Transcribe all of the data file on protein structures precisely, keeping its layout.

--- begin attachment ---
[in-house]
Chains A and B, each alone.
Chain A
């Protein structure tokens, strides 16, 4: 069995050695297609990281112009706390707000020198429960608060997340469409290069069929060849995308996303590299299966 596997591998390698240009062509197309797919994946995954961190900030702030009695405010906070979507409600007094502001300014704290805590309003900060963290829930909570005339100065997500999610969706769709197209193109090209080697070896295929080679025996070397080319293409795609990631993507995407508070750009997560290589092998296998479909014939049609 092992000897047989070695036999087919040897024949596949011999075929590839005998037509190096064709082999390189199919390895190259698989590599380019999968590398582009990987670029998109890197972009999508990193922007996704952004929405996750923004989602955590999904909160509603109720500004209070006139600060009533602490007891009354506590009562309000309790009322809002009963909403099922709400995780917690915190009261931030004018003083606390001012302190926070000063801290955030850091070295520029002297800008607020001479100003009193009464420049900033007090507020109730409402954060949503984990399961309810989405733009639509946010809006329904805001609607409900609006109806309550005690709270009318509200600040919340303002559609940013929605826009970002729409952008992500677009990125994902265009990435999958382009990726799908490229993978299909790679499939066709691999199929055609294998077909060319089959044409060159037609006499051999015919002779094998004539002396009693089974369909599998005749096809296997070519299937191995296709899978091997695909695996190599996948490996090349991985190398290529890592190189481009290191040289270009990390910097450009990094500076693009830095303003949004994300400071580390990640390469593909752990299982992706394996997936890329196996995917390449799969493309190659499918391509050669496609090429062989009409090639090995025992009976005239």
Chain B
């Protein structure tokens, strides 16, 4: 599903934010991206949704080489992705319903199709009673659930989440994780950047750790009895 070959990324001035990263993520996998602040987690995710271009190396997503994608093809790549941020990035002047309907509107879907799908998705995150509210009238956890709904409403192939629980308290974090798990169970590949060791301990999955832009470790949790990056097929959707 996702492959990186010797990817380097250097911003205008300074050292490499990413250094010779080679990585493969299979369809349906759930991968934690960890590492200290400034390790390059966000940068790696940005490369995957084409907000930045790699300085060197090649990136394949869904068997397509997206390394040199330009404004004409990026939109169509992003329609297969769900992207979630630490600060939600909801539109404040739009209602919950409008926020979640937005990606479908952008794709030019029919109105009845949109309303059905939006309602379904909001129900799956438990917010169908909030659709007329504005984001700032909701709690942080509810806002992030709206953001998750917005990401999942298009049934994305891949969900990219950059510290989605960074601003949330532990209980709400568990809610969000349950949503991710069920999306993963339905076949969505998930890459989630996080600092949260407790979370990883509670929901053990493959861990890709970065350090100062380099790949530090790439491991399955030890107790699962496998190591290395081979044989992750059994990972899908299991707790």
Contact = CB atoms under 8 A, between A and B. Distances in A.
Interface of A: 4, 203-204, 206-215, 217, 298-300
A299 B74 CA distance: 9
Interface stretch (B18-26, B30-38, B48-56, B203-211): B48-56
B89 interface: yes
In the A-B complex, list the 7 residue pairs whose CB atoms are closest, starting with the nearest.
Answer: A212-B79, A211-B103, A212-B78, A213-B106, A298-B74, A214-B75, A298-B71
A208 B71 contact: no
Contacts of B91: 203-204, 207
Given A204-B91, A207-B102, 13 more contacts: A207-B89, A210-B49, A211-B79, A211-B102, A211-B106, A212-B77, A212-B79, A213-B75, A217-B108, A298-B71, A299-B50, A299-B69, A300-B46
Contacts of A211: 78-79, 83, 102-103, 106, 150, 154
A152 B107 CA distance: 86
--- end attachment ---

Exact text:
[in-house]
Chains A and B, each alone.
Chain A
């Protein structure tokens, strides 16, 4: 069995050695297609990281112009706390707000020198429960608060997340469409290069069929060849995308996303590299299966 596997591998390698240009062509197309797919994946995954961190900030702030009695405010906070979507409600007094502001300014704290805590309003900060963290829930909570005339100065997500999610969706769709197209193109090209080697070896295929080679025996070397080319293409795609990631993507995407508070750009997560290589092998296998479909014939049609 092992000897047989070695036999087919040897024949596949011999075929590839005998037509190096064709082999390189199919390895190259698989590599380019999968590398582009990987670029998109890197972009999508990193922007996704952004929405996750923004989602955590999904909160509603109720500004209070006139600060009533602490007891009354506590009562309000309790009322809002009963909403099922709400995780917690915190009261931030004018003083606390001012302190926070000063801290955030850091070295520029002297800008607020001479100003009193009464420049900033007090507020109730409402954060949503984990399961309810989405733009639509946010809006329904805001609607409900609006109806309550005690709270009318509200600040919340303002559609940013929605826009970002729409952008992500677009990125994902265009990435999958382009990726799908490229993978299909790679499939066709691999199929055609294998077909060319089959044409060159037609006499051999015919002779094998004539002396009693089974369909599998005749096809296997070519299937191995296709899978091997695909695996190599996948490996090349991985190398290529890592190189481009290191040289270009990390910097450009990094500076693009830095303003949004994300400071580390990640390469593909752990299982992706394996997936890329196996995917390449799969493309190659499918391509050669496609090429062989009409090639090995025992009976005239």
Chain B
């Protein structure tokens, strides 16, 4: 599903934010991206949704080489992705319903199709009673659930989440994780950047750790009895 070959990324001035990263993520996998602040987690995710271009190396997503994608093809790549941020990035002047309907509107879907799908998705995150509210009238956890709904409403192939629980308290974090798990169970590949060791301990999955832009470790949790990056097929959707 996702492959990186010797990817380097250097911003205008300074050292490499990413250094010779080679990585493969299979369809349906759930991968934690960890590492200290400034390790390059966000940068790696940005490369995957084409907000930045790699300085060197090649990136394949869904068997397509997206390394040199330009404004004409990026939109169509992003329609297969769900992207979630630490600060939600909801539109404040739009209602919950409008926020979640937005990606479908952008794709030019029919109105009845949109309303059905939006309602379904909001129900799956438990917010169908909030659709007329504005984001700032909701709690942080509810806002992030709206953001998750917005990401999942298009049934994305891949969900990219950059510290989605960074601003949330532990209980709400568990809610969000349950949503991710069920999306993963339905076949969505998930890459989630996080600092949260407790979370990883509670929901053990493959861990890709970065350090100062380099790949530090790439491991399955030890107790699962496998190591290395081979044989992750059994990972899908299991707790």
Contact = CB atoms under 8 A, between A and B. Distances in A.
Interface of A: 4, 203-204, 206-215, 217, 298-300
A299 B74 CA distance: 9
Interface stretch (B18-26, B30-38, B48-56, B203-211): B48-56
B89 interface: yes
In the A-B complex, list the 7 residue pairs whose CB atoms are closest, starting with the nearest.
Answer: A212-B79, A211-B103, A212-B78, A213-B106, A298-B74, A214-B75, A298-B71
A208 B71 contact: no
Contacts of B91: 203-204, 207
Given A204-B91, A207-B102, 13 more contacts: A207-B89, A210-B49, A211-B79, A211-B102, A211-B106, A212-B77, A212-B79, A213-B75, A217-B108, A298-B71, A299-B50, A299-B69, A300-B46
Contacts of A211: 78-79, 83, 102-103, 106, 150, 154
A152 B107 CA distance: 86